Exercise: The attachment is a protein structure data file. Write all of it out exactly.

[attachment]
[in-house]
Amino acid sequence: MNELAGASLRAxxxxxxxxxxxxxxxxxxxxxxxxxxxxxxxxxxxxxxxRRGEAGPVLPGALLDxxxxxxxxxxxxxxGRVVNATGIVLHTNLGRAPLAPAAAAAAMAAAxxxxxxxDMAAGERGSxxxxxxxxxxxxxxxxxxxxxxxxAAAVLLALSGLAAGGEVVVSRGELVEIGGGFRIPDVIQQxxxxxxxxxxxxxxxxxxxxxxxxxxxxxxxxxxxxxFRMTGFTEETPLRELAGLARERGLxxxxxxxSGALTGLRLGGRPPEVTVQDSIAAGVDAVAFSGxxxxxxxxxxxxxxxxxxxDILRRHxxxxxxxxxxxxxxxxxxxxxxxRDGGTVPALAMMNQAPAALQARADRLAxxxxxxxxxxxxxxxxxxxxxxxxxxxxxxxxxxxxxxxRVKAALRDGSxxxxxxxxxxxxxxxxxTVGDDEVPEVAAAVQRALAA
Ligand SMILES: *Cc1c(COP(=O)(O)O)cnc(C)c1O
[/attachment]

[in-house]
Amino acid sequence: MNELAGASLRAxxxxxxxxxxxxxxxxxxxxxxxxxxxxxxxxxxxxxxxRRGEAGPVLPGALLDxxxxxxxxxxxxxxGRVVNATGIVLHTNLGRAPLAPAAAAAAMAAAxxxxxxxDMAAGERGSxxxxxxxxxxxxxxxxxxxxxxxxAAAVLLALSGLAAGGEVVVSRGELVEIGGGFRIPDVIQQxxxxxxxxxxxxxxxxxxxxxxxxxxxxxxxxxxxxxFRMTGFTEETPLRELAGLARERGLxxxxxxxSGALTGLRLGGRPPEVTVQDSIAAGVDAVAFSGxxxxxxxxxxxxxxxxxxxDILRRHxxxxxxxxxxxxxxxxxxxxxxxRDGGTVPALAMMNQAPAALQARADRLAxxxxxxxxxxxxxxxxxxxxxxxxxxxxxxxxxxxxxxxRVKAALRDGSxxxxxxxxxxxxxxxxxTVGDDEVPEVAAAVQRALAA
Ligand SMILES: *Cc1c(COP(=O)(O)O)cnc(C)c1O